5 D.C. 294 (C.C.D.C. 1837), 938, Bank of United States v. Van Ness

Docket Nº:938[1]
Citation:5 D.C. 294, 2 F.Cas. 737
Attorney:Mr. Redin, contra,
Judge Panel:CRANCH, Chief Judge

Page 294

5 D.C. 294 (C.C.D.C. 1837)

2 F.Cas. 737



VAN NESS et al.

No. 938 [1]

Circuit Court, District of Columbia.

March 1837. [2]

At law. Ejectment [by the lessee of the Bank of the United States against John P. Van Ness and William Jones] for lots 6 and 7 in the square 226 in the city of Washington.

Upon the trial the plaintiffs offered in evidence an exemplification of the record of the proceedings and decree of the chancellor of Maryland in a suit by Isaac Polock v. Marcia Burns, the infant heir at law of David Burns, deceased, for the specific execution of a contract entered into, in writing, in the lifetime of the said David Burns, for the sale of sundry house lots in the city of Washington to the said Isaac Polock; in which suit, which was commenced on the 17th of May, 1800, the chancellor, on the 1st of November, 1800, decreed that upon the complainant's securing to the satisfaction of the chancellor the sum of £ 10,471 18s. 1d., to be paid on the 17th of April, 1804, with interest annually, the defendant, by W. M. D., her guardian, should convey to the complainant, Isaac Polock, in fee, certain lots in Washington, particularly described in the decree, and including the lots now in controversy.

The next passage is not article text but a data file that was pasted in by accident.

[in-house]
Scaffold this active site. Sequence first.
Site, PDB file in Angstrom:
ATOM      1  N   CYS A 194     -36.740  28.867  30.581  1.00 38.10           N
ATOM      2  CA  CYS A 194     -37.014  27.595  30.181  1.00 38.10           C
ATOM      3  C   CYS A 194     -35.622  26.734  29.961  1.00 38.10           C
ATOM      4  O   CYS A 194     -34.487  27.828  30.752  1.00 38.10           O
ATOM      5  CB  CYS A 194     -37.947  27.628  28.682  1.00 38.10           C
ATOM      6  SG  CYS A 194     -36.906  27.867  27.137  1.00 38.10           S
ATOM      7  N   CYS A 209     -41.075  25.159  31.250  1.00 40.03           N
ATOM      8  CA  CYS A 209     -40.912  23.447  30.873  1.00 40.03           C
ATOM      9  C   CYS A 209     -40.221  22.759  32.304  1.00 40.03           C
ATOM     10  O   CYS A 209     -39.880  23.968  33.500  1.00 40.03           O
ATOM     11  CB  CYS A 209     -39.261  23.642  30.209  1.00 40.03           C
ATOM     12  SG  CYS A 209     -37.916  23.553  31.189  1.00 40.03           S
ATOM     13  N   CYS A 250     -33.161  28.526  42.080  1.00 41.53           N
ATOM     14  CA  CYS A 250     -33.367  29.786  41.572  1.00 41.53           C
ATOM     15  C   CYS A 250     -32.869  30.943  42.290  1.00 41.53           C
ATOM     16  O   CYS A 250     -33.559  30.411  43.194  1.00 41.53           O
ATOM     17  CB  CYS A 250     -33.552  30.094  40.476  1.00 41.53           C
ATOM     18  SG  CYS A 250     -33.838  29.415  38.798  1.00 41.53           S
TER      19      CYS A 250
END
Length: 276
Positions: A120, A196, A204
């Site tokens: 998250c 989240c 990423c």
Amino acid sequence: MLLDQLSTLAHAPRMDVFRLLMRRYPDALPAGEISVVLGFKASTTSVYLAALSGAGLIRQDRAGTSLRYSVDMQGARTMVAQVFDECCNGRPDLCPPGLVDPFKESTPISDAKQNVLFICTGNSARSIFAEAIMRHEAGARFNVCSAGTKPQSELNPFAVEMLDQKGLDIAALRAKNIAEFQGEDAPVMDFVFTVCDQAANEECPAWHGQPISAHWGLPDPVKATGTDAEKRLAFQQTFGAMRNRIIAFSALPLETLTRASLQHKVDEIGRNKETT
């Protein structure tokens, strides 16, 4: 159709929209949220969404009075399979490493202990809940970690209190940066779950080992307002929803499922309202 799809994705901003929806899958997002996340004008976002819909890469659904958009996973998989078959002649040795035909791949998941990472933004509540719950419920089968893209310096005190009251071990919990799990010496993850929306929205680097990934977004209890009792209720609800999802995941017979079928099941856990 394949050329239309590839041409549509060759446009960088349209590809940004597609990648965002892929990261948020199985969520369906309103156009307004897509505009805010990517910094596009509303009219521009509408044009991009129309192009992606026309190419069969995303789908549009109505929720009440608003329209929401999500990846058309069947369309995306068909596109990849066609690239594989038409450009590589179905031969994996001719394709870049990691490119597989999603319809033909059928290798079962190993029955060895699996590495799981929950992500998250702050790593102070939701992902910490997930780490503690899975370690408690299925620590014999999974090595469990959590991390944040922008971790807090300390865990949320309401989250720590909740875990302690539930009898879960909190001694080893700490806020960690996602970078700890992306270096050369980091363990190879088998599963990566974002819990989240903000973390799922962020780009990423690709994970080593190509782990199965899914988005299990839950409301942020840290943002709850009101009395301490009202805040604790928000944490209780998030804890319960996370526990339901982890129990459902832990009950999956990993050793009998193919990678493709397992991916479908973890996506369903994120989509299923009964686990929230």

On the 15th of May, 1801, the complainant, Polock, filed a petition for a commission to certain persons to value certain lands, which he offered to mortgage as security for the purchase-money; which commission was issued on the 26th of May, 1801, and returned on the 21st of October, 1801. On the 26th of October, 1801, the chancellor, being satisfied of the sufficiency of the security offered, decreed, with consent of all the parties, that, upon the complainant's executing the mortgages, and paying up the interest, ‘ the defendant, Marcia Burns, by William Mayne Duncauson, her guardian, shall execute a conveyance to the complainant, Isaac Polock, and his heirs, as directed by the decree in this cause, passed on the first day of November last.’ On the 12th of January, 1802, a deed was executed by the guardian, William M. Duncauson, to Polock, of the lots mentioned in the decree. It purported to be a deed from Marcia Burns, by her guardian, W. M. D., to Isaac Polock, in fee, and recited the substance of the proceedings and decree; and averred that the security had been approved, the mortgages duly executed, and the interest paid up. It concluded thus: ‘ In...

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